Due to the low current running through the motor coils during the dynamic tests, the system encountered difficulties in performing movements that needed more torque, such as the lateral movement. The solution found was to perform the current adjustment by rotating the potentiometer present in the driver, reaching values of 1.5A after the adjustment, in contrast to 0.6A during the initial analysis. Another modification was the addition of heat-shrinkable tubes around each roller to increase adhesion and improve contact with the ground.

The changes made it possible to perform the most diverse movements without difficulty, but the increase in current in each driver caused an overheating both in the integrated circuits and in the protoboard tracks, causing bad contact and damaging the drivers. Considering these factors was determined the need for an electronic circuit that mitigate contact problems, capable of a better current conduction, active cooling and reliability in its use, therefore the development of a printed circuit board was the solution adopted in the final prototyping stage.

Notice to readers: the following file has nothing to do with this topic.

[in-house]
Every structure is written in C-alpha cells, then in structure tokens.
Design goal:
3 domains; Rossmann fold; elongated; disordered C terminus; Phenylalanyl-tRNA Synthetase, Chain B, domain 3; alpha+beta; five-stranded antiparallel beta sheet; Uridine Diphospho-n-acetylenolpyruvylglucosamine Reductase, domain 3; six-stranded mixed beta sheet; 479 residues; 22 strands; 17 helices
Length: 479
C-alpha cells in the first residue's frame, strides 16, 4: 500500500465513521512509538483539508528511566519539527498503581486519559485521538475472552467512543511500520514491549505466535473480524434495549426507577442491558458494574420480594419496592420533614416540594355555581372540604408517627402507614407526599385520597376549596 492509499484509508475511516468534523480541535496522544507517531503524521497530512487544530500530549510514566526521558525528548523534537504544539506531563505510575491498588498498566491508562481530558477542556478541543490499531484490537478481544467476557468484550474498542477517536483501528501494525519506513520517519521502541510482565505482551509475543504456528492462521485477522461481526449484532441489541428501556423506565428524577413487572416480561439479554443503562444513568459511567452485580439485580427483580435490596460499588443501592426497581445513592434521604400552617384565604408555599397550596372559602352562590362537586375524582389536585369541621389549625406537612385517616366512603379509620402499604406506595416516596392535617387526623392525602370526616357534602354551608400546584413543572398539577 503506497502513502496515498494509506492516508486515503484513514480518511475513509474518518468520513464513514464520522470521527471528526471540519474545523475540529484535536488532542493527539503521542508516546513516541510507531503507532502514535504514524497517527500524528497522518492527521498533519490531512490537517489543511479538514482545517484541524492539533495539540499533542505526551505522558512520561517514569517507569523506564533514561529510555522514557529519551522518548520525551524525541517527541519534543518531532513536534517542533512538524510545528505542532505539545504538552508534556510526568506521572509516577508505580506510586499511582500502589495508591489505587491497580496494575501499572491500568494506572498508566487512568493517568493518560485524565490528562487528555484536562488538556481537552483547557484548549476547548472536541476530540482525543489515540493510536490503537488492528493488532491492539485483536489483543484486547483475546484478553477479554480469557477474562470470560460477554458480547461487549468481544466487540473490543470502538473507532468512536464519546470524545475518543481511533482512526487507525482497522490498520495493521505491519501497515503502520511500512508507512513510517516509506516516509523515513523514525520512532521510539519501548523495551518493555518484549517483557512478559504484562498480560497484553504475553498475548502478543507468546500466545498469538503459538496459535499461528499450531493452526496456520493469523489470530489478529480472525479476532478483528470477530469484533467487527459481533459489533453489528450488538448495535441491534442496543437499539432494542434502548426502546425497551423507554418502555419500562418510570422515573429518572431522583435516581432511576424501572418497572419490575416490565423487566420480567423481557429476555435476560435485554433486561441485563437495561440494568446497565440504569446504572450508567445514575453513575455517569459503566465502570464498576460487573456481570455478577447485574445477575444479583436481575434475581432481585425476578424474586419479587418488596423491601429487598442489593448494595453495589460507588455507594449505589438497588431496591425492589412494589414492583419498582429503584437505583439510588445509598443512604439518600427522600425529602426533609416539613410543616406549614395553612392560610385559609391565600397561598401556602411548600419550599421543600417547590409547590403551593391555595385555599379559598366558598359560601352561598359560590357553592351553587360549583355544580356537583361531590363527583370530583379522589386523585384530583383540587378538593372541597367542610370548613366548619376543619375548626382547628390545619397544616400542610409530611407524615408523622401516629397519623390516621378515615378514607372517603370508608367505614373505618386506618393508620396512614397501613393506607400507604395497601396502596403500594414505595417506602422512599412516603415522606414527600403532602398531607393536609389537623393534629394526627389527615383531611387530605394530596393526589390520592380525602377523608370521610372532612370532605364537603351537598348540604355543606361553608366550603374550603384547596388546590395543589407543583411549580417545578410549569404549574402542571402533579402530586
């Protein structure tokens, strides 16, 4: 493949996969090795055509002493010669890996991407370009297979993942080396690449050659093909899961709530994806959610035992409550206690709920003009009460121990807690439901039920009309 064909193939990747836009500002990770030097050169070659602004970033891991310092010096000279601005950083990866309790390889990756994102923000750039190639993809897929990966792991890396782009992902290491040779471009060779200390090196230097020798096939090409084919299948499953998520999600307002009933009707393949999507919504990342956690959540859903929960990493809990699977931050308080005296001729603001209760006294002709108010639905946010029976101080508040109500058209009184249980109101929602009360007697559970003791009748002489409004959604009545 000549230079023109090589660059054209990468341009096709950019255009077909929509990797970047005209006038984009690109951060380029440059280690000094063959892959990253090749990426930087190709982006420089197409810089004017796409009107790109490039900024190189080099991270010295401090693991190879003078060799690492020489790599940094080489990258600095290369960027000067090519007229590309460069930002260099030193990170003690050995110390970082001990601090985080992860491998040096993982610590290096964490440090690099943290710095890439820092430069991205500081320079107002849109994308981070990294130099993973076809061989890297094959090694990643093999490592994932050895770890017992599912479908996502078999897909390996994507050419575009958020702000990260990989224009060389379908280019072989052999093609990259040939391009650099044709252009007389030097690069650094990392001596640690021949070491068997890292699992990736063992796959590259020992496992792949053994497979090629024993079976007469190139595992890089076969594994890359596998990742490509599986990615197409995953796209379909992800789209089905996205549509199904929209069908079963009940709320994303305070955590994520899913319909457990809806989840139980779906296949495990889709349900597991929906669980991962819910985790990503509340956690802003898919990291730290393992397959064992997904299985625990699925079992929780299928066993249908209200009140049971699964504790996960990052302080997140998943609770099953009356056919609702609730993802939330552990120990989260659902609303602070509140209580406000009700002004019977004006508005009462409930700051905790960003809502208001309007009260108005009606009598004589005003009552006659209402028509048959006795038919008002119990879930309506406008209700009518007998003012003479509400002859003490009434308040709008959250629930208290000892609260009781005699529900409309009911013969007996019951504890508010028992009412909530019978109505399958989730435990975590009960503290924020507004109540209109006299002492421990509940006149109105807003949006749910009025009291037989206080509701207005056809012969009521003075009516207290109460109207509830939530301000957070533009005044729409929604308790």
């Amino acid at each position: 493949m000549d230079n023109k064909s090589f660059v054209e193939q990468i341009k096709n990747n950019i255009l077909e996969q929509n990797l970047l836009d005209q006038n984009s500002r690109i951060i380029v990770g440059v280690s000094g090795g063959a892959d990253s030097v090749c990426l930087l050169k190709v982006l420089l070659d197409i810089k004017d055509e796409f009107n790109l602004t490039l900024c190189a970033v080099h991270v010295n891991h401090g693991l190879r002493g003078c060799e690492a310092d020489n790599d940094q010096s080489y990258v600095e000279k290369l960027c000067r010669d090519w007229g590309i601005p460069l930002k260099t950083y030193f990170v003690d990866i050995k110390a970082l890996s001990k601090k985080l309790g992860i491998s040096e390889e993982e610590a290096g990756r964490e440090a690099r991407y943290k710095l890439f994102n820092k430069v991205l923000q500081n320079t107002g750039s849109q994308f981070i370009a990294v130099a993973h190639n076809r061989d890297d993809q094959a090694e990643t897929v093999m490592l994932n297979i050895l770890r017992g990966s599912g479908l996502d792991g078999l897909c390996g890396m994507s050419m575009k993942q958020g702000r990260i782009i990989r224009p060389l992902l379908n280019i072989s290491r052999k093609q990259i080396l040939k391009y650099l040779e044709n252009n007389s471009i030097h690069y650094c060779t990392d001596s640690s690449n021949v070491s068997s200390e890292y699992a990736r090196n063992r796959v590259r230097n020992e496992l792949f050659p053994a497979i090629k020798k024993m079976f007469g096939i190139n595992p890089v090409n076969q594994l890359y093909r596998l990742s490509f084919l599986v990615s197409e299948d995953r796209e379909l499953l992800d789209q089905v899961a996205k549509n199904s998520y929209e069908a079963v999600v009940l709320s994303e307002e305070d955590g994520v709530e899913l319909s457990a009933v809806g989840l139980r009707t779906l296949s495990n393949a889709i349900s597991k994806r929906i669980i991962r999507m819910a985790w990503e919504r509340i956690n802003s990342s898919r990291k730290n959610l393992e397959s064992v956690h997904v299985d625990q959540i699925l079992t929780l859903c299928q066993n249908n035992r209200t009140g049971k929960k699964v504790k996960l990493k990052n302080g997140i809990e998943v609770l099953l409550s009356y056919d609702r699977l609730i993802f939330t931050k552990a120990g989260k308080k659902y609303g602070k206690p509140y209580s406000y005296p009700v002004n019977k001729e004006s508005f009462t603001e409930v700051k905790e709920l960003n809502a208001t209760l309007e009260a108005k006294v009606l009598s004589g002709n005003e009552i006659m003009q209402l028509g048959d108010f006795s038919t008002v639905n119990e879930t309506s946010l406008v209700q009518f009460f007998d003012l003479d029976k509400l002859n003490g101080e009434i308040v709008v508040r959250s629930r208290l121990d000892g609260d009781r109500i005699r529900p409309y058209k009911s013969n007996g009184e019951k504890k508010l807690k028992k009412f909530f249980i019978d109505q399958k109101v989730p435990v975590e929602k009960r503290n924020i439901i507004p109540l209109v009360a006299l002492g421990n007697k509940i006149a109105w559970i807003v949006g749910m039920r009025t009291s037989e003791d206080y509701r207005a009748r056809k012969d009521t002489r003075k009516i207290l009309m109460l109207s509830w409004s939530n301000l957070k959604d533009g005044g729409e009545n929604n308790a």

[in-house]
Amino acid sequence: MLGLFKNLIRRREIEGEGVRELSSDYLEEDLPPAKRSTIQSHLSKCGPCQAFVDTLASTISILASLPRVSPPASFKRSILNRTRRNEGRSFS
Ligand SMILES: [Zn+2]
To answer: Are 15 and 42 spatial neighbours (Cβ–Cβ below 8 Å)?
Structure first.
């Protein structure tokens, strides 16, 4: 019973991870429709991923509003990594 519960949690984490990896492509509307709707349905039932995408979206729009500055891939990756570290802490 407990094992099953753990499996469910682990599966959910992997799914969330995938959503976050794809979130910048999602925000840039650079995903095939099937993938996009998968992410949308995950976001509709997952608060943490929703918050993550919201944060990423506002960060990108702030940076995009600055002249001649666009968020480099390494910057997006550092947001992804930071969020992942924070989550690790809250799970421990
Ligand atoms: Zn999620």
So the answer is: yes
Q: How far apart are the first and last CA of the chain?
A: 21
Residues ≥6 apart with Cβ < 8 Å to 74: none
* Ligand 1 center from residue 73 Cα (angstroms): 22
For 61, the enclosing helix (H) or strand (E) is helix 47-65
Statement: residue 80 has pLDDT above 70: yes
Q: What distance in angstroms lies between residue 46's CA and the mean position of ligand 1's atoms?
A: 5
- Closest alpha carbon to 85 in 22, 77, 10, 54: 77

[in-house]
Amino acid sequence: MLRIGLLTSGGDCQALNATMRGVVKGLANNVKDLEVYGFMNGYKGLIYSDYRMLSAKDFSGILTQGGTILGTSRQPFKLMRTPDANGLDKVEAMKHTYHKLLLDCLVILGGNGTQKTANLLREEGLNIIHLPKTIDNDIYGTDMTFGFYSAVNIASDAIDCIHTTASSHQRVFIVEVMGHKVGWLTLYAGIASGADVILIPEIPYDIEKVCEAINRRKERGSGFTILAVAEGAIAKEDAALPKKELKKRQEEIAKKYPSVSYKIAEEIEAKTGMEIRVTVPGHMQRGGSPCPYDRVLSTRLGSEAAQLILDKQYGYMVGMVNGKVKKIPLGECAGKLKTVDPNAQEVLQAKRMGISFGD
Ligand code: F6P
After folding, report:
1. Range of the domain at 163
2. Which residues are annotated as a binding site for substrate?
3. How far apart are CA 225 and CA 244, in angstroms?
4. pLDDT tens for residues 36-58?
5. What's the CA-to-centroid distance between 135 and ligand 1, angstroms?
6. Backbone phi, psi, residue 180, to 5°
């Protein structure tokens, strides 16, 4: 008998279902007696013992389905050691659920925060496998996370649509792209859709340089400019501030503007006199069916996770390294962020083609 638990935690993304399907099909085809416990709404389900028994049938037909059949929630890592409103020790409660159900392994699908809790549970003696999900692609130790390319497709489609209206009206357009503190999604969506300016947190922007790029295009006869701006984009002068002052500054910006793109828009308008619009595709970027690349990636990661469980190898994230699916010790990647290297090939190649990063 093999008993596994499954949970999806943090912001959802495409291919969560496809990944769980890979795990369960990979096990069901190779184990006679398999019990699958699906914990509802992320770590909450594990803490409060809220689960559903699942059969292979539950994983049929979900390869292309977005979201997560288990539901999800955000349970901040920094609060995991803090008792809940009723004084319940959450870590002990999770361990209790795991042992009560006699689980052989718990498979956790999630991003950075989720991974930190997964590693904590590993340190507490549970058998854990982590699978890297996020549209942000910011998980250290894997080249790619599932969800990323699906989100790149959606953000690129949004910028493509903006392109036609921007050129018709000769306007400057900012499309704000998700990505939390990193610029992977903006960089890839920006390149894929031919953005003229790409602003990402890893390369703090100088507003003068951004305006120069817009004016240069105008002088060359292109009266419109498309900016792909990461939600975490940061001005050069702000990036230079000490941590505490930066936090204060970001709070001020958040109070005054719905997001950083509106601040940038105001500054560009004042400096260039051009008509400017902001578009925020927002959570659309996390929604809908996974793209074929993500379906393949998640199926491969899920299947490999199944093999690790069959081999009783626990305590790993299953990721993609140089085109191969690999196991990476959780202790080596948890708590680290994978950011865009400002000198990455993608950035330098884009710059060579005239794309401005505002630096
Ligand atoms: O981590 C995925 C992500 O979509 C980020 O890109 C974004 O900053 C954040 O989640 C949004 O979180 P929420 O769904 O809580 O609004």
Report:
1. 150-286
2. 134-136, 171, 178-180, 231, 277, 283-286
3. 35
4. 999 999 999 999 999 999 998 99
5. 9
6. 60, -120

Step 28: Prototyping: Final Circuit

The final circuit was obtained by joining the individual circuits from each section, the objective here is to fabricate a robust PCB (Printed Circuit Board) that works like an Arduino shield with standard connections and support for adding future devices to the project. The power comes from a 5Ah 12V battery and was divided to a 12V line for the Arduino and stepper motors, one 5V line for the drivers and servo motor and one 5V line from the Arduino to power the sensitive components like the IR receiver. Two LM7805 were used to cope with the current requirements. Extra terminals were added to power future components, as well as an ON/OFF switch and jumpers for the driver’s MS1, MS2 and MS3 pins, to change the micro stepping modes.